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Gilded Age

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Gilded Age

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  1. Gilded Age Business and Politics

  2. "What is the chief end of man?--to get rich. In what way?--dishonestly if we can; honestly if we must."-- Mark Twain-1871

  3. The Gilded Age: A Tale of Today • The term was coined by writers Mark Twain and Charles Dudley Warner in their book satirizing what they believed to be an era of serious social problems hidden by a thin gold gilding.

  4. An era of widespread growth where the U.S. leaped ahead of Britain in industrialization. • A relative few became extremely wealthy and exerted enormous economic and political power • The rapid growth was punctuated by economic depressions in 1873, 1893,

  5. Homes of the Gilded Age

  6. Andrew Carnegie • Faced with sudden poverty in Scotland, Andrew Carnegie's family emigrated to America. • Determined to escape poverty, Carnegie went on to become the richest man in the world.

  7. ‘Vertical Integration’ • ‘vertical integration’ a system of business organization that allowed him to control every aspect of the steel business • He cut costs to boost productivity; workers had low wages, long hours, dangerous conditions • By 1900, Carnegie Steel was the best-known manufacturer in the nation

  8. Railroad Industry led to a Steel Industry • Carnegie led the transition from iron to steel • Built the biggest steel industry in the world • Built most up to date plant (near Pittsburgh)

  9. San Jose’s Carnegie Library • After amassing a fortune by crushing his competitors and exploiting his workers, Carnegie, in a move that underscored his inner conflicts, systematically gave away millions.

  10. Railroads: America’s First Big Business • After Civil War, Americans built the greatest railroad network in the world • By 1900, US had 193,000 miles of track, more than all of Europe and Russia combined

  11. Government encouraged rail growth with cash subsidies and land grants • Lack of planning led to overbuilding and increased competition • Because of competition local owners tried to “pool” areas and set rates • Stock market began to play a key role in American economy—capital could now be represented by stocks and not just tangibles such as land or machinery

  12. Jay Gould: ‘Most Hated Man in America’ • Jay Gould, master of corporate expansion through stocks • Men like Gould refused to honor, so many railroads failed • The public disliked men like Gould for ruining competitors and emphasis on financial markets—‘most hated man in America’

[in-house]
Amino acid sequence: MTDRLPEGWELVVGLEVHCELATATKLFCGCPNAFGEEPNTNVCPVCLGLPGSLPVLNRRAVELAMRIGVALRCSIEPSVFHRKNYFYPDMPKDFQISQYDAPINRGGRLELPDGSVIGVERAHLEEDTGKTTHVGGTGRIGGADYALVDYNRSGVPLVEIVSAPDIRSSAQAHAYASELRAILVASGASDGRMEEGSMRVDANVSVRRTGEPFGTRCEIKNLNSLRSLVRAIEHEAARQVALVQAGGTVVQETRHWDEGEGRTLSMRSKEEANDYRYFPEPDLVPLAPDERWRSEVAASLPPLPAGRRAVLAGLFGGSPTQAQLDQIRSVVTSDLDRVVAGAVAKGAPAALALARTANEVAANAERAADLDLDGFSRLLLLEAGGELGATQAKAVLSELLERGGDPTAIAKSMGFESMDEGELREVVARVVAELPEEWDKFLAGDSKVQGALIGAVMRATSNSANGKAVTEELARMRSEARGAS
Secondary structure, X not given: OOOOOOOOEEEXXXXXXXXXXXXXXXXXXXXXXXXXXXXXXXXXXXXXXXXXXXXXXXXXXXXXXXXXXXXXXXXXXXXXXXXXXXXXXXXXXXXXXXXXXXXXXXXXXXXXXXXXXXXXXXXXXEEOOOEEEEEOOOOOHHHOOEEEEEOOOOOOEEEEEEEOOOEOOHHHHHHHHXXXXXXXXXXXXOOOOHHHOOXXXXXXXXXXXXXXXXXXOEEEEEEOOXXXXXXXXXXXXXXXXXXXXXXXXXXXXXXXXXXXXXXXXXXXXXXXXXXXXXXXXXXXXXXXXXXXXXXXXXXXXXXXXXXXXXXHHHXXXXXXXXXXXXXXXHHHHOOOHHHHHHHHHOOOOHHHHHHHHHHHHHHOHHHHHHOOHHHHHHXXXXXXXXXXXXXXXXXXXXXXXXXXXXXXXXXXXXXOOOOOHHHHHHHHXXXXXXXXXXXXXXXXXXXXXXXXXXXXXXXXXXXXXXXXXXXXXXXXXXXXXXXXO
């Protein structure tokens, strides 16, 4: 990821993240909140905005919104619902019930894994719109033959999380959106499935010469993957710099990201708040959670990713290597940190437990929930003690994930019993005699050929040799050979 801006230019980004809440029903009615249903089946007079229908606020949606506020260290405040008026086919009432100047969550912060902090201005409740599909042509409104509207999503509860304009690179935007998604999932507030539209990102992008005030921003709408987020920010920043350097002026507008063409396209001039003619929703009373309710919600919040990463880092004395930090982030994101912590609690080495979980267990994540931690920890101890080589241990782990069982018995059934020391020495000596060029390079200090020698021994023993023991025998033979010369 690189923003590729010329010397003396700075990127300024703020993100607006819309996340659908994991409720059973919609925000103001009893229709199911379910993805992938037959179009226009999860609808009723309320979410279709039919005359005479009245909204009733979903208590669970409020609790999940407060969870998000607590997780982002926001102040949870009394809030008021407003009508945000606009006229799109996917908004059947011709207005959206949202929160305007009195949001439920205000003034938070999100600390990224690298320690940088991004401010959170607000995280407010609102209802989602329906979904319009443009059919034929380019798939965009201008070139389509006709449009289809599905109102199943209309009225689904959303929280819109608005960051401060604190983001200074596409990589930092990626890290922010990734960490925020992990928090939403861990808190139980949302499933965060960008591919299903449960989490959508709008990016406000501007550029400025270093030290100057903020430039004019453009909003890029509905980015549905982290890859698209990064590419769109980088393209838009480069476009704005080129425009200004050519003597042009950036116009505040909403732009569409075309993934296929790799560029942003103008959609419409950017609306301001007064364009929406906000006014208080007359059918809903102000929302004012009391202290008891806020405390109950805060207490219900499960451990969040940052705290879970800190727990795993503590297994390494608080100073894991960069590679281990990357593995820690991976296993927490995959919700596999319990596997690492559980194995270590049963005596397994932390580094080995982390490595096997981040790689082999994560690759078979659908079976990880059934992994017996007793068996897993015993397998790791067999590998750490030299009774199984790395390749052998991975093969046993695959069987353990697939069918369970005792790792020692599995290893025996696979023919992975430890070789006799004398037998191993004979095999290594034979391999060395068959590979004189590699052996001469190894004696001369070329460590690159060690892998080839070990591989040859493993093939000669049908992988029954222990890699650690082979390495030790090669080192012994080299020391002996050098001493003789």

13. Rockefeller and Standard Oil

  14. John D. Rockefeller Standard Oil and the Trust • In the 1860s and 1870s, it did not take a lot of capital to build an oil refinery • Lots of competition • Rockefeller founded Standard Oil in 1870 • He demanded secret rebates from the railroads in exchange for his steady business, so he could undercut competitors

  15. The Trust • 1882, Rockefeller pioneered a new form of corporate structure—the trust • The “trust” operates the business on behalf of trustees. • Consolidates decision-making and financial policy for large businesses

  16. Monopoly • It allowed Standard Oil trustees to hold stock in various refinery companies ‘in trust’ and to coordinate policies between refineries • This gave Rockefeller a monopoly of the oil refining business

  17. New kind of corporates structure • Paved the way for the establishment of trusts in other industries • When the government threatened to outlaw the trust as a violation of free trade, Standard Oil changed its tactics and reorganized as a holding company • This combined competing companies under one central administration

  18. Standard Oil • By 1890 Standard Oil ruled more than 90% of the oil business

  19. Ida Tarbell • Journalist Ida Tarbell exposed Rockefeller’s unsavory business practices in a series of articles in McClure’s Magazine from 1902 to 1905 contributing to the American public’s unfavorable opinion of Rockefeller